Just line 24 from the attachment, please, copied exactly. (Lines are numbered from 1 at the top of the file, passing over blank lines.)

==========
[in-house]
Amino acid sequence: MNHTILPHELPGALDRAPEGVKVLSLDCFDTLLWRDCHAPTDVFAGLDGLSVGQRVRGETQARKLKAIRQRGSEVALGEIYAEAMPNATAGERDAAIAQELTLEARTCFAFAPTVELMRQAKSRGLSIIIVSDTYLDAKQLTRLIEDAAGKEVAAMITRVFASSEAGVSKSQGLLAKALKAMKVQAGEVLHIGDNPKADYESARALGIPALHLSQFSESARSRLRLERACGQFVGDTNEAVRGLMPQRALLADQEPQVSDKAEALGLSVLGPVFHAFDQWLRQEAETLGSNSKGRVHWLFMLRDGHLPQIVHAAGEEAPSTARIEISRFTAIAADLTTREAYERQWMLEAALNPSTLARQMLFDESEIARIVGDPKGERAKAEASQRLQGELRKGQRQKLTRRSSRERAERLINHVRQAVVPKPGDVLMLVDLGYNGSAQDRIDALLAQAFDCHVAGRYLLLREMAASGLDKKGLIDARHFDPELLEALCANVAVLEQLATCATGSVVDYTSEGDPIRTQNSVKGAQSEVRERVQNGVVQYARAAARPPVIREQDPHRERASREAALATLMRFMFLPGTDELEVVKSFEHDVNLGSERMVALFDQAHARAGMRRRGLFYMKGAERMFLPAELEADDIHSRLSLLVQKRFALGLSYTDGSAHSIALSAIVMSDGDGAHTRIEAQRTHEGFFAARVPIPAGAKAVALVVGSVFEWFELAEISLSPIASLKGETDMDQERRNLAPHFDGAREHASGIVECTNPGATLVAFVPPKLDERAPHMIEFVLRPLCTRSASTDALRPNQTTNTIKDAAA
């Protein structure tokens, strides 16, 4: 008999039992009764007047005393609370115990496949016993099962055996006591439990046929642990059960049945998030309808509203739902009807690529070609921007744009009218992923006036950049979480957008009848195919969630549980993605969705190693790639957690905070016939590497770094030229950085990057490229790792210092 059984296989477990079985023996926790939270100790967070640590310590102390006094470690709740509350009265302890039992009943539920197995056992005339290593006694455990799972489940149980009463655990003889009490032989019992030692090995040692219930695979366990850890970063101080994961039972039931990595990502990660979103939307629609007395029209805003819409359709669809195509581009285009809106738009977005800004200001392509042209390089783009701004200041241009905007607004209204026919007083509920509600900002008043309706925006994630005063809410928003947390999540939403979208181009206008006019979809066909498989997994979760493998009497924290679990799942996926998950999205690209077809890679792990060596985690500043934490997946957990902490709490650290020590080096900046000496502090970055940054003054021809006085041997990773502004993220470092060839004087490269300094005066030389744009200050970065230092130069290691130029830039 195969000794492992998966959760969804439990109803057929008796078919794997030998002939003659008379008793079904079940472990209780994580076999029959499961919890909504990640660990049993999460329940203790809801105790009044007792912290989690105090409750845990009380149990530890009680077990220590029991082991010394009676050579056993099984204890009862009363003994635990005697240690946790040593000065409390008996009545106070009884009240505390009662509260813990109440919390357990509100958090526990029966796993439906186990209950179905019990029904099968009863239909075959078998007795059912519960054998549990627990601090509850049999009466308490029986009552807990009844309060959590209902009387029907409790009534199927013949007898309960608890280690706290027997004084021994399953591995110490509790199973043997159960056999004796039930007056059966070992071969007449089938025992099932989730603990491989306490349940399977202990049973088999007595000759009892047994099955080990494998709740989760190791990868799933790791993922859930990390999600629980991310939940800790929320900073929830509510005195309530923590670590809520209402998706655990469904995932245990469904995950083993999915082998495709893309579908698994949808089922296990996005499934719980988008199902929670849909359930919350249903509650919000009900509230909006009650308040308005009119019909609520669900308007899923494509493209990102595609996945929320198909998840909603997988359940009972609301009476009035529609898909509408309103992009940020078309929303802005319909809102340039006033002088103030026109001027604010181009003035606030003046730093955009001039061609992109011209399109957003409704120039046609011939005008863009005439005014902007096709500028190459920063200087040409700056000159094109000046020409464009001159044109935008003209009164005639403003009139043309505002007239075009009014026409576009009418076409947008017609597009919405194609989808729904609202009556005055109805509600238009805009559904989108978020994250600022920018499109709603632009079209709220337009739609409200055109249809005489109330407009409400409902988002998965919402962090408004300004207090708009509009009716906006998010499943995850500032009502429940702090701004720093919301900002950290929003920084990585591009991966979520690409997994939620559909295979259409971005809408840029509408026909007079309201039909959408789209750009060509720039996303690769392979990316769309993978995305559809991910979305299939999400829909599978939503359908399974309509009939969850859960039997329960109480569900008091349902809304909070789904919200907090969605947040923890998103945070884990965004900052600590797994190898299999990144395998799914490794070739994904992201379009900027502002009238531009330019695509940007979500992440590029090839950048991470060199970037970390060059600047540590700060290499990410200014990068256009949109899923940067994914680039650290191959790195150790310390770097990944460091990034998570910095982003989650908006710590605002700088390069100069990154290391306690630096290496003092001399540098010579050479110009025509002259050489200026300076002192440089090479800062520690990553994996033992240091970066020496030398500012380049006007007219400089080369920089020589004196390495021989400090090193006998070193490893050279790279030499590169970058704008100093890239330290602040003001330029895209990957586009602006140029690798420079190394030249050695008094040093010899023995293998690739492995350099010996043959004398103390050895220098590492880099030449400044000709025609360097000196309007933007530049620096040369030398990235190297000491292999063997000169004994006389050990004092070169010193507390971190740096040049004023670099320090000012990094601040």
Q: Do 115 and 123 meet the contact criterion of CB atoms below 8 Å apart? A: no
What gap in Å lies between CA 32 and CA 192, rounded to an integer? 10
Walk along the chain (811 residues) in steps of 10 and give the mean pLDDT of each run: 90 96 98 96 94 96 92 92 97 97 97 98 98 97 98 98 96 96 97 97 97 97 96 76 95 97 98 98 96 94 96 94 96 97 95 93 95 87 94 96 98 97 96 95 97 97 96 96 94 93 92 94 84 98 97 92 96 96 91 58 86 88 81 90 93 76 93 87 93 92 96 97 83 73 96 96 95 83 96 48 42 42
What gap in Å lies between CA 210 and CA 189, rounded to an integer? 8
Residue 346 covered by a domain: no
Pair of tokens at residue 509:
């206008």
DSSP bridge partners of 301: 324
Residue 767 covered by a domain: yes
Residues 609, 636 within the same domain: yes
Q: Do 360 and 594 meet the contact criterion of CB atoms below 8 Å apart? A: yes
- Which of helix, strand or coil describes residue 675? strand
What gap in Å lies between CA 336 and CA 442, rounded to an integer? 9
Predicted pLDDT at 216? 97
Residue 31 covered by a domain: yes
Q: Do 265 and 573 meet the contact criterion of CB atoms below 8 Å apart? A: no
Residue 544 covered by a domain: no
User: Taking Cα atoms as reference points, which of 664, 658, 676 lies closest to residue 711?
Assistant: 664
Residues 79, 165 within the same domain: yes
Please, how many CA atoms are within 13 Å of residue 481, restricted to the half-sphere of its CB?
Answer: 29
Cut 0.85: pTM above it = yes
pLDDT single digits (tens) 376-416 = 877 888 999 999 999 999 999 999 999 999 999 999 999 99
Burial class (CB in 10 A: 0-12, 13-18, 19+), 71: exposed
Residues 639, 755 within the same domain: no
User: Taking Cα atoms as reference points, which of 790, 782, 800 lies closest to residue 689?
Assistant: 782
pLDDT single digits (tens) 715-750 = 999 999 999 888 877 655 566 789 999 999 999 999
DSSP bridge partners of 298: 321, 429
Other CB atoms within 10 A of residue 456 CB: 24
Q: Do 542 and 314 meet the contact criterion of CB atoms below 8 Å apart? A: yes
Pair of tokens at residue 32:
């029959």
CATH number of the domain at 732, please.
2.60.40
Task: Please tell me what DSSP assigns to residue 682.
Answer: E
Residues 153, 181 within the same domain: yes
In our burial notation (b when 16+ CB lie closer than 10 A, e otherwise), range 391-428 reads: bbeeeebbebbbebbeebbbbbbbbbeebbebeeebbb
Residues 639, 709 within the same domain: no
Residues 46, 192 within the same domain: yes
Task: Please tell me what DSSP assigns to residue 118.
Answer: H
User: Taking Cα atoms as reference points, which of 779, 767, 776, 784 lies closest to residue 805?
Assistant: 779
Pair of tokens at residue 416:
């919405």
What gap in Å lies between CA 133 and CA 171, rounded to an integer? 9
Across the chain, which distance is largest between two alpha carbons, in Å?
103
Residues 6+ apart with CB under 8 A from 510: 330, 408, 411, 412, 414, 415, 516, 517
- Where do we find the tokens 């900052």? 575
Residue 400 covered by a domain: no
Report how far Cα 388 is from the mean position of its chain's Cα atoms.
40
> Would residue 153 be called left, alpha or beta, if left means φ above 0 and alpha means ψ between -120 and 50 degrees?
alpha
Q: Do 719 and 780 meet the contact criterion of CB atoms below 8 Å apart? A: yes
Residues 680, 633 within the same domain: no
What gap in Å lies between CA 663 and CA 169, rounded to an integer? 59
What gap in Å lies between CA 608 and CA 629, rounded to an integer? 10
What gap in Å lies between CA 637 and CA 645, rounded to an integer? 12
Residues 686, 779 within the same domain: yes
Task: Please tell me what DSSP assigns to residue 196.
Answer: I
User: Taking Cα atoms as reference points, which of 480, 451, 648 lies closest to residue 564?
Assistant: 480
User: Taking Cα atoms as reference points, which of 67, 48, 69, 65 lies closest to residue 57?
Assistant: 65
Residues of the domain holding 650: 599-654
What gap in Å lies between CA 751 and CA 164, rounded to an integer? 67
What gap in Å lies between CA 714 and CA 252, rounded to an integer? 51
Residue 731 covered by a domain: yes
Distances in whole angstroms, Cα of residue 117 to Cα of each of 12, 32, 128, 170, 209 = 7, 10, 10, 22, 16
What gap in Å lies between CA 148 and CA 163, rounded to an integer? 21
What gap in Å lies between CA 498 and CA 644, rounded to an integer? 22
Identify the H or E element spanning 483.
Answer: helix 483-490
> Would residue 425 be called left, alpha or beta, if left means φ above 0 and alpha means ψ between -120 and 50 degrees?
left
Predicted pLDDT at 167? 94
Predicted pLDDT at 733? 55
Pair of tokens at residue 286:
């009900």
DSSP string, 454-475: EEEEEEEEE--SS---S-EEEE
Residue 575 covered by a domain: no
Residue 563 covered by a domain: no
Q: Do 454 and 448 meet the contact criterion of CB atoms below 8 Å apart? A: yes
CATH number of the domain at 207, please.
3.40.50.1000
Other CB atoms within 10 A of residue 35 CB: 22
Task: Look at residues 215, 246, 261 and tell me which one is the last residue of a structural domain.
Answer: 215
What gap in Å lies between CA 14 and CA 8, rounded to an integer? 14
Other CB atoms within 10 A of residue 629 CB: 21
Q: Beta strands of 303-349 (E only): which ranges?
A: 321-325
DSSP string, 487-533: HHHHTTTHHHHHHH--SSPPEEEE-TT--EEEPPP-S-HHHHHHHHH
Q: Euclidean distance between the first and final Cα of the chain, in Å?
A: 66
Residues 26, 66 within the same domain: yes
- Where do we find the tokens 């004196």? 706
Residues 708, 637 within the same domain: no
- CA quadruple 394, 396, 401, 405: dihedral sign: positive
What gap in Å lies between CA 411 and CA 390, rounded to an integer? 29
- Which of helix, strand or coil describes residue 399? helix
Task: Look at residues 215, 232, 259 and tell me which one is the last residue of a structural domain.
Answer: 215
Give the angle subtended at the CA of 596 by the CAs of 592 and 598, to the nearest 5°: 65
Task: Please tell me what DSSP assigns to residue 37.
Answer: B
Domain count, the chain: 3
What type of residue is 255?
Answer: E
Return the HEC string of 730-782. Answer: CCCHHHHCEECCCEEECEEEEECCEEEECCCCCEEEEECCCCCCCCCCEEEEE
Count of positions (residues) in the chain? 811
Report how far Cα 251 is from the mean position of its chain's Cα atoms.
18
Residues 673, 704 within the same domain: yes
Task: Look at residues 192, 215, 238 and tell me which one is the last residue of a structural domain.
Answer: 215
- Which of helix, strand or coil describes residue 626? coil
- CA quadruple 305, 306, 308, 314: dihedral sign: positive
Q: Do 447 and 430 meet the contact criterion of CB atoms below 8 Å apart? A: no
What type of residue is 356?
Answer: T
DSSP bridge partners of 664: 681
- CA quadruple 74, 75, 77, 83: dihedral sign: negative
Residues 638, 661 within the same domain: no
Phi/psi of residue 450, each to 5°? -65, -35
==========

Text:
Please, how many CA atoms are within 13 Å of residue 481, restricted to the half-sphere of its CB?